Drink Driving Statistics Ireland: Part 1.






The Medical Bureau of Road Safety (MBRS) are the body that tests specimens of blood and urine for alcohol and drugs. Since 1968 they’ve operated from offices in UCD Campus in Dublin.


Every year they release an Annual Report. These reports contain drink driving statistics about the results of samples taken during the previous year.


The year 2020 is the latest one available but it’s insights are especially interesting as they cover the first year of the COVID pandemic.


New tests reveal high incidence of drug driving.


Compared to 2019, the year 2020 saw a huge 39% increase in drug testing.


Previously the MBRS tested blood specimens for the presence of drugs if the blood/alcohol results were below 80mgs of alcohol per 100 mls of blood.


That seems to have changed in 2020. The threshold has been raised from 80 to 100.


Now, if your specimen of blood shows an alcohol content of 100mls of alcohol or less, it will be subjected to an analysis for the presence of drugs.


As the limit for alcohol in your blood is already set at 50mgs, the new powers of the MBRS to test for drugs in samples of 100mgs (instead of 80mgs as before) indicate a push towards increased prosecutions for drug driving.


Tests for drugs in blood increased 39%
over the 2019 figures and
a massive 64% over 2017.


Its worth remembering (because people don’t know this) that cannabis can stay in your system for up 28 days.

What this means is that if you consume a cannabis joint on 1 June, it can still be present in your blood (at above the legal limits) by 27 June.


That means you could be disqualified from driving today for something you did 3 weeks ago.


Drugs on the march


5,967 blood and urine specimens were analysed by the MBRS in 2020 for alcohol and/or drug testing.

This was a 23% increase on 2019 and a 56% increase on 2017.


Tests for drugs in blood increased 39% over the 2019 figures and a massive 64% over 2017.


Are people drinking more?


Despite travel restrictions imposed at the beginning of Covid, 2020 saw a 23% increase in blood and urine specimens taken compared to 2019.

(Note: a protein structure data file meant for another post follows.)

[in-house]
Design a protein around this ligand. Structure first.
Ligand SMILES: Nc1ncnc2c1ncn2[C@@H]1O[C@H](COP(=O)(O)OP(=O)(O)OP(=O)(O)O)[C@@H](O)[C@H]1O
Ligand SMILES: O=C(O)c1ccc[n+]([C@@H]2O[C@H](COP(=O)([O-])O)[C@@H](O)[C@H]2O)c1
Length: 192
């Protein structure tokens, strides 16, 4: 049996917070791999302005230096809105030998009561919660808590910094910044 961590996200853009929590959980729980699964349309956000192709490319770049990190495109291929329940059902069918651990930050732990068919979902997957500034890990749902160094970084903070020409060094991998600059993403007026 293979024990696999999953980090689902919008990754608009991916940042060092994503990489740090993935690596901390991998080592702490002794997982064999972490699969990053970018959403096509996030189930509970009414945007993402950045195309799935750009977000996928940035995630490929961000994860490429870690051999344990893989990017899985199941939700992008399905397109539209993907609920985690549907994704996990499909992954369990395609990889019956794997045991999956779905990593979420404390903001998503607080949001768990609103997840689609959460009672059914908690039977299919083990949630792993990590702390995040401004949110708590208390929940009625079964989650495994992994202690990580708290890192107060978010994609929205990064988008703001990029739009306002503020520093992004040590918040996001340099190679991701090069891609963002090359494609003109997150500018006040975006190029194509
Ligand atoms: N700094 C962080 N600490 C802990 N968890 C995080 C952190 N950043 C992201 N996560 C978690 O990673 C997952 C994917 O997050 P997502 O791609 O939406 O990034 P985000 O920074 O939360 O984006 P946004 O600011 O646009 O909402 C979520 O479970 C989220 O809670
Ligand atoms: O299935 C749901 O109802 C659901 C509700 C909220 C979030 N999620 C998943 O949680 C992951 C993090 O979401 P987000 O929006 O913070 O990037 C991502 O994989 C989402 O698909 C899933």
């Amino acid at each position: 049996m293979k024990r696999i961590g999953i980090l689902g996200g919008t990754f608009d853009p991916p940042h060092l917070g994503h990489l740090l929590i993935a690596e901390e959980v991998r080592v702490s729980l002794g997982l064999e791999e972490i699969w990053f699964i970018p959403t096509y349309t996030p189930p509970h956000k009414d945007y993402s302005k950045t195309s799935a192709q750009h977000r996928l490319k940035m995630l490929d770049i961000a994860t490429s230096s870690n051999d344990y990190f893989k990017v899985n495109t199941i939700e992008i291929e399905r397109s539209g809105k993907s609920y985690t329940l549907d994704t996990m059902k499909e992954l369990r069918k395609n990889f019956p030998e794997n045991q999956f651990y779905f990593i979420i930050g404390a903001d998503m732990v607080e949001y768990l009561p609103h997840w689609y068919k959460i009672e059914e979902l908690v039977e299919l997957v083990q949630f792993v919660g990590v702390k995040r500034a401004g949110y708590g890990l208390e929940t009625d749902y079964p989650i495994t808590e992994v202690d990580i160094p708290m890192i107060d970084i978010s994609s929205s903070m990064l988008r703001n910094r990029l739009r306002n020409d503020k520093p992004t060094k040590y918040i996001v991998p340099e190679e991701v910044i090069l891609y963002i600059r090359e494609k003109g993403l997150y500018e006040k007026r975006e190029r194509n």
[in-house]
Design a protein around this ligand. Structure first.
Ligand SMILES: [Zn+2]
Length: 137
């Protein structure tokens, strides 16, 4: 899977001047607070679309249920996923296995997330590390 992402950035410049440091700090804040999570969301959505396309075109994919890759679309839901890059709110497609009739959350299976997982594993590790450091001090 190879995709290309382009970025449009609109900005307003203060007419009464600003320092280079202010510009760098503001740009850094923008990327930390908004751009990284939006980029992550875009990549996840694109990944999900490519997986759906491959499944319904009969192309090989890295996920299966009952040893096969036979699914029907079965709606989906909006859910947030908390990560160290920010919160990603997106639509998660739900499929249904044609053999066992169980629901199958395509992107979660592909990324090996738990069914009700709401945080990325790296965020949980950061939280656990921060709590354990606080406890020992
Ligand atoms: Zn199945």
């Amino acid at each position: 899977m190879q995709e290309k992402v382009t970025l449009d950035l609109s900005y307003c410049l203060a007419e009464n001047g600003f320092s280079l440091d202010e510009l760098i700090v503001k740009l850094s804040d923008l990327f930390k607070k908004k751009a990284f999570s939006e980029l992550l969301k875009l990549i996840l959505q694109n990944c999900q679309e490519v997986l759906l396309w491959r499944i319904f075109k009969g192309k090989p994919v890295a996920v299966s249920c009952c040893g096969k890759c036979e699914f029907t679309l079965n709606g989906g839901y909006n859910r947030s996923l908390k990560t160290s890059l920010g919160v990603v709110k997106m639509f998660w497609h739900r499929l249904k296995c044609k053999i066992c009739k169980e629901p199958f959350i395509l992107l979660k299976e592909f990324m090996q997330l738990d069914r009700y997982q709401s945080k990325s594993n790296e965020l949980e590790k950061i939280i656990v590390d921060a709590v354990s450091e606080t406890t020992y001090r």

Compared to 2019, most counties in Ireland saw sharp rises in drink driving arrests in 2020.

Some of these increases were alarming.


While Cork County saw an increase of 14% and Dublin 42%, Waterford increased by 69%, Louth by 87% and Meath by a staggering 92% over similar figures in 2019.

But some counties did decline.


County Mayo saw the number of its specimens delivered to the MBRS decline by 21%, Offaly by 38% and Clare by 54%.


Some of this is due to a substantial increase in alcohol sales compared to pre-pandemic levels.


In the UK this figure is reported by the data analytics group, Kantar, to be 17% higher than before Covid. There is no reason to believe the same hasn’t happened here.


The pandemic has driven alcohol consumption upwards, but much of the increase has been less noticeable as people began drinking more at home.


Another reason for the sharp increase has something to do with the way Gardai were deployed at the outbreak of Covid.



For most of 2020, Gardai manned thousands of checkpoints across the country to stop motorists and ensure that their movements were not in contravention of lockdown regulations.

The sheer unprecedented volume of these checkpoints meant that the potential for arrests were massively increased.


The question is whether the numbers will decline in line with a reduction of Covid checkpoints for 2021, or whether the numbers will remain largely consistent, mirroring the rise in alcohol consumption seen in the UK.


That might herald a “new norm” in our use of alcohol, and bring other societal problems with it.


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In Part 2 I’ll look at the breakdown of arrests by gender as well as the peak times when you run the greatest risk of being arrested.

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